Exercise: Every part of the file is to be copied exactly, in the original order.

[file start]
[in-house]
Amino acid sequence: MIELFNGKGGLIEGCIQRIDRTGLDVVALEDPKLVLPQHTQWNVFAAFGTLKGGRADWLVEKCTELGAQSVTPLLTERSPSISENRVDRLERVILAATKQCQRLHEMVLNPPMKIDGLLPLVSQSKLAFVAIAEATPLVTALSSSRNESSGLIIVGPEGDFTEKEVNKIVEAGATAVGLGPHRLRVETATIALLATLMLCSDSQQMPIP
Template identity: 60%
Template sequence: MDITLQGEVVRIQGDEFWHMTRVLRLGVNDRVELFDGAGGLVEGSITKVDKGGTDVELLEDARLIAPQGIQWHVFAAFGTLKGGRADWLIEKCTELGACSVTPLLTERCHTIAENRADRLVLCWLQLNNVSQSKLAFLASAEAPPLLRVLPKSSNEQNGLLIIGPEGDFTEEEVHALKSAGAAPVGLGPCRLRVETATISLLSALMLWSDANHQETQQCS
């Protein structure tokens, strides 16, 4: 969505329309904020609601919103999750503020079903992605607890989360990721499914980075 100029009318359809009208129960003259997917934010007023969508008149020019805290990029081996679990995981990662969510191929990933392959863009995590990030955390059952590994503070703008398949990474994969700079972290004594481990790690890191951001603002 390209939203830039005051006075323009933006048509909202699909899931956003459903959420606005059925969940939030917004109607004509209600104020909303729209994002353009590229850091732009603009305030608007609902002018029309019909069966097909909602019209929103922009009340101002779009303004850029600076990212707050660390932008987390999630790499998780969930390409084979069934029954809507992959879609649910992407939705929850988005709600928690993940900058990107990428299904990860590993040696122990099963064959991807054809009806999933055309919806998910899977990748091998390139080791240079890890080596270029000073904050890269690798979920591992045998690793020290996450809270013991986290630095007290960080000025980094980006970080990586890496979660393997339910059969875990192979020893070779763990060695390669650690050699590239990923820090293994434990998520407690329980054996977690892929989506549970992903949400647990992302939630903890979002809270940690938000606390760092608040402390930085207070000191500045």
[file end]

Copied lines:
[in-house]
Amino acid sequence: MIELFNGKGGLIEGCIQRIDRTGLDVVALEDPKLVLPQHTQWNVFAAFGTLKGGRADWLVEKCTELGAQSVTPLLTERSPSISENRVDRLERVILAATKQCQRLHEMVLNPPMKIDGLLPLVSQSKLAFVAIAEATPLVTALSSSRNESSGLIIVGPEGDFTEKEVNKIVEAGATAVGLGPHRLRVETATIALLATLMLCSDSQQMPIP
Template identity: 60%
Template sequence: MDITLQGEVVRIQGDEFWHMTRVLRLGVNDRVELFDGAGGLVEGSITKVDKGGTDVELLEDARLIAPQGIQWHVFAAFGTLKGGRADWLIEKCTELGACSVTPLLTERCHTIAENRADRLVLCWLQLNNVSQSKLAFLASAEAPPLLRVLPKSSNEQNGLLIIGPEGDFTEEEVHALKSAGAAPVGLGPCRLRVETATISLLSALMLWSDANHQETQQCS
């Protein structure tokens, strides 16, 4: 969505329309904020609601919103999750503020079903992605607890989360990721499914980075 100029009318359809009208129960003259997917934010007023969508008149020019805290990029081996679990995981990662969510191929990933392959863009995590990030955390059952590994503070703008398949990474994969700079972290004594481990790690890191951001603002 390209939203830039005051006075323009933006048509909202699909899931956003459903959420606005059925969940939030917004109607004509209600104020909303729209994002353009590229850091732009603009305030608007609902002018029309019909069966097909909602019209929103922009009340101002779009303004850029600076990212707050660390932008987390999630790499998780969930390409084979069934029954809507992959879609649910992407939705929850988005709600928690993940900058990107990428299904990860590993040696122990099963064959991807054809009806999933055309919806998910899977990748091998390139080791240079890890080596270029000073904050890269690798979920591992045998690793020290996450809270013991986290630095007290960080000025980094980006970080990586890496979660393997339910059969875990192979020893070779763990060695390669650690050699590239990923820090293994434990998520407690329980054996977690892929989506549970992903949400647990992302939630903890979002809270940690938000606390760092608040402390930085207070000191500045």